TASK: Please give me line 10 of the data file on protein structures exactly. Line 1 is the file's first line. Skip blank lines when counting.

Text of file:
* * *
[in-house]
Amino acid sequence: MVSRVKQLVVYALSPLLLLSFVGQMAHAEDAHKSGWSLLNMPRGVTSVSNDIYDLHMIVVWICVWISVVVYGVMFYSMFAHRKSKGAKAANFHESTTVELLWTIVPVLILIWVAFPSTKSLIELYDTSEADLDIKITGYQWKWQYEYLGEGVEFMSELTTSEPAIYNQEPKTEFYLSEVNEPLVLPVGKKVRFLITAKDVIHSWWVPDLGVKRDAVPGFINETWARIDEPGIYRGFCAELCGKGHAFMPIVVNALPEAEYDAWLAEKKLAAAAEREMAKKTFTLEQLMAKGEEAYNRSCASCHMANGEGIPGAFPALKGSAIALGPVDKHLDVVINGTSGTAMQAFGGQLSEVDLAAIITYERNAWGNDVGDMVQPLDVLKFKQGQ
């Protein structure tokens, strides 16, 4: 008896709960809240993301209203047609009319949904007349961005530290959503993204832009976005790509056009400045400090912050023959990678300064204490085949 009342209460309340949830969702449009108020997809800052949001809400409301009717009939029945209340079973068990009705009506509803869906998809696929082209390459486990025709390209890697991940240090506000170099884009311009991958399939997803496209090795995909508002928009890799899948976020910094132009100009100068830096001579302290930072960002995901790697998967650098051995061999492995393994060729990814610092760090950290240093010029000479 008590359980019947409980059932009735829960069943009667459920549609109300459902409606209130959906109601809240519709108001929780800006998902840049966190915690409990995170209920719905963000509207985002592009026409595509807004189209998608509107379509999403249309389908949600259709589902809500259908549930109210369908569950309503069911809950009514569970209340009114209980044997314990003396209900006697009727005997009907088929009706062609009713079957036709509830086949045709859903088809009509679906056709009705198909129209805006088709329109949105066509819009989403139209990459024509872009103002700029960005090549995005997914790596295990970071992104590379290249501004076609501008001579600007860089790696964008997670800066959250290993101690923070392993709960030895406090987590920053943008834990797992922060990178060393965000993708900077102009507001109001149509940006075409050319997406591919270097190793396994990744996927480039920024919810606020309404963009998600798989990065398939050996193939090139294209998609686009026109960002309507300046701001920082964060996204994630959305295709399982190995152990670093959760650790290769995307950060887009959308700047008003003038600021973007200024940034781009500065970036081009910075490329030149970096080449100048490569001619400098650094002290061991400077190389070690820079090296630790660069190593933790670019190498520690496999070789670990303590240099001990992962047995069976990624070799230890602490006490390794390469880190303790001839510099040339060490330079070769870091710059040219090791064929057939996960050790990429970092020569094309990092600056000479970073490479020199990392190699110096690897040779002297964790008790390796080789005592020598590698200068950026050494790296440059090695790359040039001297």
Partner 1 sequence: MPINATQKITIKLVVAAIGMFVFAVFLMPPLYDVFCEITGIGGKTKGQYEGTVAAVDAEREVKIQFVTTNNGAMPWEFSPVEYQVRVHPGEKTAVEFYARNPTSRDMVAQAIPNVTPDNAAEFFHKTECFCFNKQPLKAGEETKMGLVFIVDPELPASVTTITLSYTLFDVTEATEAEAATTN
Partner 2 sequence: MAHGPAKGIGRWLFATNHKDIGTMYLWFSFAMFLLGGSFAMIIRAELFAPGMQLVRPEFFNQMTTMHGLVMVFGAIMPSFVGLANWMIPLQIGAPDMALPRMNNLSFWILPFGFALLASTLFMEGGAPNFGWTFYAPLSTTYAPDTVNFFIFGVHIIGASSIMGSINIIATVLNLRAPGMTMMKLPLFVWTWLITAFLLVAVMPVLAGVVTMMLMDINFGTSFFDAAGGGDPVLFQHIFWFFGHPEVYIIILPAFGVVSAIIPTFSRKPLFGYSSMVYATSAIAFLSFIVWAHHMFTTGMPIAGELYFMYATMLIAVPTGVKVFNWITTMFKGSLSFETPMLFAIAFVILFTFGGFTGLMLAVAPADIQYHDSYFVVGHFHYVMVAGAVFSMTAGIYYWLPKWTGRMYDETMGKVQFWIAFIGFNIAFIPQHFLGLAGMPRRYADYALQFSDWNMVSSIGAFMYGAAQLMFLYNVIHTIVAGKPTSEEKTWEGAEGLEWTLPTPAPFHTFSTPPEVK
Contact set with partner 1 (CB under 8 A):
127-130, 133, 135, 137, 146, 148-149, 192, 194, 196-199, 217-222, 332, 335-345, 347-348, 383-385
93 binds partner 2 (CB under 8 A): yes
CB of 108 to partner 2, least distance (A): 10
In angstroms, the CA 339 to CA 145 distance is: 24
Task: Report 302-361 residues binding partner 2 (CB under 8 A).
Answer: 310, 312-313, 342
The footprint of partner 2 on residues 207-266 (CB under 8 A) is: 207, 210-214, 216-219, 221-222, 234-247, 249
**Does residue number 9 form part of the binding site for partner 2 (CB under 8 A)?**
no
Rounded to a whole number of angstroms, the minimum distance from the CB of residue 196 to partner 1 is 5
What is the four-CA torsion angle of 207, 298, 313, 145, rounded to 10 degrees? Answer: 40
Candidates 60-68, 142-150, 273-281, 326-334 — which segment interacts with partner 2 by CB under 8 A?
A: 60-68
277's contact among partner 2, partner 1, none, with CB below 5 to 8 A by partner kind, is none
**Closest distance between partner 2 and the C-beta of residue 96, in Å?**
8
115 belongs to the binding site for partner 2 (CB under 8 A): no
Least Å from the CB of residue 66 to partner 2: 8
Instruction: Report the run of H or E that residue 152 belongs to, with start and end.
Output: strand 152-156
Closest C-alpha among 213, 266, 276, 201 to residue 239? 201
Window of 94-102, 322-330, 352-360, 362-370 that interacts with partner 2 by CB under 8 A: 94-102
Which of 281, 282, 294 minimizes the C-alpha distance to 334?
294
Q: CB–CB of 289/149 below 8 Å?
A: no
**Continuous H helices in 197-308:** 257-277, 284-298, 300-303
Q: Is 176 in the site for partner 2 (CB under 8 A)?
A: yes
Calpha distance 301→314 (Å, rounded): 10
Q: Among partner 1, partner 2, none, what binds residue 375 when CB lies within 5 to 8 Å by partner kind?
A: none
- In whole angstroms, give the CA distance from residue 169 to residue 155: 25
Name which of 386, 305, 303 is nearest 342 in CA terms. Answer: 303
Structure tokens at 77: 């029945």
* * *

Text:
In angstroms, the CA 339 to CA 145 distance is: 24